Everyone reading this knows about the EPA’s Clean Power Plan (CPP). You probably know the final rule was released in August 2015, and the plan calls for reducing CO2 emissions by 32% from a baseline of 2005 to the goal-achieving euphoria in 2030. From there, I’ll bet a survey for CPP knowledge falls like a Wile E Coyote Acme anvil.
Answers to basic questions are very hard to find. The EPA’s website mainly provides fluff and spin describing how great the plan is and how flexible and easy it will be to “glide” to success.
Instead, I conducted my research from other sources with g-o-o-g-l-e. This fine blog post from NRDC forms most of the basis of this post. The NRDC boiled hundreds of pages of documents and many huge worksheets down to a svelte 4,000 words.
Where Does it Apply?
One very basic question that comes to mind: Does the law apply to where the energy is consumed or where it is generated? For example, what if my state imports lots of “dirty” electricity from outside the state? Living a few miles from the Mississippi between Wisconsin and Minnesota/Iowa, this question comes to mind pretty quickly. Thousands of MW of generation use the Mississippi for a heat sink, and they send energy in both directions to multiple states.
I will make a leap of legal faith to answer my own question. It applies to the point of generation because the EPA cannot regulate “outside the fence lines” surrounding stationary sources of power generation. This, by the way, is why building block four, for energy efficiency, was dropped from the final plan. Energy efficiency occurs outside the fence and therefore, leaving it in the plan posed a point blank target to legally sink the plan.
Building Blocks Minus One
Speaking of building blocks, this is something most readers probably know too, but I will list them anyway. The three ways the CPP suggests as means to reach targets include:
- Source efficiency
- Use lower-emitting natural gas combined-cycle plants more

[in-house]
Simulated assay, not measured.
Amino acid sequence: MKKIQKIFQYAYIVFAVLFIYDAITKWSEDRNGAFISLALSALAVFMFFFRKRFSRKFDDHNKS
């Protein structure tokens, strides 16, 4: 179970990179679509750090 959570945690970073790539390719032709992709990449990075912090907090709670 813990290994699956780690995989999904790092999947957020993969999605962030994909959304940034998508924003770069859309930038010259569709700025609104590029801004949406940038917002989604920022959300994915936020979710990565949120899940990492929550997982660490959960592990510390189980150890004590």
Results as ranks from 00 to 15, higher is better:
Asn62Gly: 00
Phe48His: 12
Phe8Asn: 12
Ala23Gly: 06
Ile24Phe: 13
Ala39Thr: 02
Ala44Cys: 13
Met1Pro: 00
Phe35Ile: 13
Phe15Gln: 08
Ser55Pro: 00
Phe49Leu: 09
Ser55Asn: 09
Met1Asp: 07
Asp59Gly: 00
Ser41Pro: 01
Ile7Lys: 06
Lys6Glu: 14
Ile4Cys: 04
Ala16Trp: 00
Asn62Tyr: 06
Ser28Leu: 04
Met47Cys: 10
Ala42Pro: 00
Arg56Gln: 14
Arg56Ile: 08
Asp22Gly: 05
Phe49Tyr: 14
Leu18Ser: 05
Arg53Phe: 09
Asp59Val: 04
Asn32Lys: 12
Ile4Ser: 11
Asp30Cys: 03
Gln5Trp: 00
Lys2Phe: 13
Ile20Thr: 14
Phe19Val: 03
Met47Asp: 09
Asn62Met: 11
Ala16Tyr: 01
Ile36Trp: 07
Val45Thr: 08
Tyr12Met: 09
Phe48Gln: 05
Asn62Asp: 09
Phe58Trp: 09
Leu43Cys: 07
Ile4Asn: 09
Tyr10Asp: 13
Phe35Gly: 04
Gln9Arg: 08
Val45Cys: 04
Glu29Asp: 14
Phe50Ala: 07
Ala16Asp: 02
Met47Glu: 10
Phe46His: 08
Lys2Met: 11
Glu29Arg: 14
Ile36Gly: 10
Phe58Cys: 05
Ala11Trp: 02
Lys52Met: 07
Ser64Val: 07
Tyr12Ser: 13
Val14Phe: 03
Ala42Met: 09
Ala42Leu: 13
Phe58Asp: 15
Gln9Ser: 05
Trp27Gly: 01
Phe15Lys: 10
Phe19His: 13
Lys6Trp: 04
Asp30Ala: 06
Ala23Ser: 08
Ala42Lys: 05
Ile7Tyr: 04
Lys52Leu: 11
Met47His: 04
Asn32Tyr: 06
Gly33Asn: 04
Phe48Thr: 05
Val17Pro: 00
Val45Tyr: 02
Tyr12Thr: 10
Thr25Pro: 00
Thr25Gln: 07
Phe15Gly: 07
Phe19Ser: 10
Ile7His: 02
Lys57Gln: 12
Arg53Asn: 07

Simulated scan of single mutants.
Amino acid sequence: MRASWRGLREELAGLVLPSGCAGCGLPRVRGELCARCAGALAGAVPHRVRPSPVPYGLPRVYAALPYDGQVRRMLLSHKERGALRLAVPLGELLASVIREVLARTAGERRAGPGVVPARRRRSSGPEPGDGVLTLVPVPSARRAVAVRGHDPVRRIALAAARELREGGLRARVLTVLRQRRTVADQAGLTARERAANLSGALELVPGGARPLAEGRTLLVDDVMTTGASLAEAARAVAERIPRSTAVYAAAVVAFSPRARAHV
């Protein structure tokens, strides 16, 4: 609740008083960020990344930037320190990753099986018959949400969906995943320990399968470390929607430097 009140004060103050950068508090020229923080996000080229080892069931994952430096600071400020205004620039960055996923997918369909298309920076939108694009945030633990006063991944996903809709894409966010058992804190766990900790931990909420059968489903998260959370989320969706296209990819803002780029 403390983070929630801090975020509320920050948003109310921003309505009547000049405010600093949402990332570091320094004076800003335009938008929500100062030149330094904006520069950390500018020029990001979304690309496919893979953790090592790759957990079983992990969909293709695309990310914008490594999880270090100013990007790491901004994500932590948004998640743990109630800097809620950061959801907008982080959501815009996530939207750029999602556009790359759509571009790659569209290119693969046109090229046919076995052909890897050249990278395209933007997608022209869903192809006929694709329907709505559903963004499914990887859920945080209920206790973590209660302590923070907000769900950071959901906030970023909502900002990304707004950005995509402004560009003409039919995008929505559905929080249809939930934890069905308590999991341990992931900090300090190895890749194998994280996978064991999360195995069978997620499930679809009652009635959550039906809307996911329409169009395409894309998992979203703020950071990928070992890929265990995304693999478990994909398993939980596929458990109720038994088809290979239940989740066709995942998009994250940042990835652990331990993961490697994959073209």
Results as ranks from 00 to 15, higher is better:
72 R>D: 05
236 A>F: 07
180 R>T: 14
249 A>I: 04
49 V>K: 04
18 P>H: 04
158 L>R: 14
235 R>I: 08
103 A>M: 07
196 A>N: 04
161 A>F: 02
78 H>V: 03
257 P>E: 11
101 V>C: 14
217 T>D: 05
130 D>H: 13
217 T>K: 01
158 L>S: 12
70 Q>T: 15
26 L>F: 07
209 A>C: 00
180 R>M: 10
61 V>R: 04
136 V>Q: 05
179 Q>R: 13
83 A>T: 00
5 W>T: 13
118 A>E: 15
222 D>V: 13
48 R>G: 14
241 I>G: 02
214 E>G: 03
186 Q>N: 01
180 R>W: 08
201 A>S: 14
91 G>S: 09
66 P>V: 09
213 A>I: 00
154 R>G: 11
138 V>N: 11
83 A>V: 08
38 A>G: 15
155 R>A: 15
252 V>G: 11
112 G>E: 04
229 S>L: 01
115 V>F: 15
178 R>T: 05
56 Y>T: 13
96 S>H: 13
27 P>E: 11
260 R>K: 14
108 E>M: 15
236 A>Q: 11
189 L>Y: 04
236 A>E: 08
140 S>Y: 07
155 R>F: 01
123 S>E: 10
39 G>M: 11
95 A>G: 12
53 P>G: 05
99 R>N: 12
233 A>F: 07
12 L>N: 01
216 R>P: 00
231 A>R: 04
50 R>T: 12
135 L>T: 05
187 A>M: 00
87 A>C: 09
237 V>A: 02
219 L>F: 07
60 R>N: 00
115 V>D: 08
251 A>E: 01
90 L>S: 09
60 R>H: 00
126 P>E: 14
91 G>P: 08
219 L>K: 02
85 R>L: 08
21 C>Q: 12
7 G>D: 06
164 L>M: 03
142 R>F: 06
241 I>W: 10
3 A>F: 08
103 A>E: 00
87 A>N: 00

- Build zero emission sources like wind, solar, and nucular [sic]
By the way, about that source efficiency: A year ago in The Clean Power Plan and the Heat Rate Fairy, I indicated that the originally proposed plan to improve heat rate (efficiency) by 6% was impossible. The final plan chopped this exactly in half to be from 2.1% to 4.3%. As we used to say in the basketball game, h-o-r-s-e, it ain’t braggin’ if you call it.
Doesn’t it make you wonder if this humble author can spot something so glaring with virtually no research at all – what the heck else is dorked up in the plan?
50,000 Foot Methodologies
The CPP allows for two ways to score your (each state) progress while “gliding” into euphoria: (1) rate approach and (2) mass approach.
The rate approach essentially divides all CO2 emissions by megawatt-hour consumption. There is no way of getting around it, electricity crossing state lines is going to result in situations described by the old adage: some states are treated more fairly than others.
This approach sets goals of 1,305 pounds of CO2 per MWh for “steam generators” and 771 pounds CO2 per MWh for gas-fired turbines.
Presumably, the term “steam generators” in this context is code for coal-fired plants. Steam generators are also used in combined cycle natural gas plants and, of course, nuclear power plants.
Presumably, the term “gas-fired turbines” covers combined cycle power plants, which include steam generators on the bottoming cycle of those. A cartoon of a combined cycle plant is shown nearby.
According to eGrid data, coal plants emit about 2,200 pounds of CO2 per MWh and natural gas plants emit about 1,000 pounds of CO2 per MWh. Therefore, the rate goals above are cardboard cutouts of faux coal and gas-fired power plants. The reality is MWh used for the 1,305 and 771 numbers above include all MWh regardless of source.
The mass approach uses the same 1305 and 771 numbers to peg a total annual mass cap for CO2 emissions from power plants. The EPA has factored in some projection of economic and load growth for calculating the target numbers.
States can choose either path, but all states that have signed on to the plan thus far have chosen the mass approach.
Either option allows trading with other states. The rate option has emission rate credits while the mass option has emission allowances. Mass states can only trade with other mass states, and the same goes for rate states.
Comment: and regulators absolutely resist fuel switching and cross-subsidization within a state? The CPP would have Missouri (an example) subsidizing Kansans or Texans or Ohioans. Smithereens.
To Be Continued
There is plenty more to write about, and I am sure I will. In the meantime, this will drive regulators and utilities crazy. Whereas normal efficiency plans blanket entire service territories, under the CPP, why would you do that? Target the customers that actually get their electricity from a coal power plant: not fair to some customers or the utility. Build more clean energy rate base: not fair to customers.
Duke it out amongst yuhselves.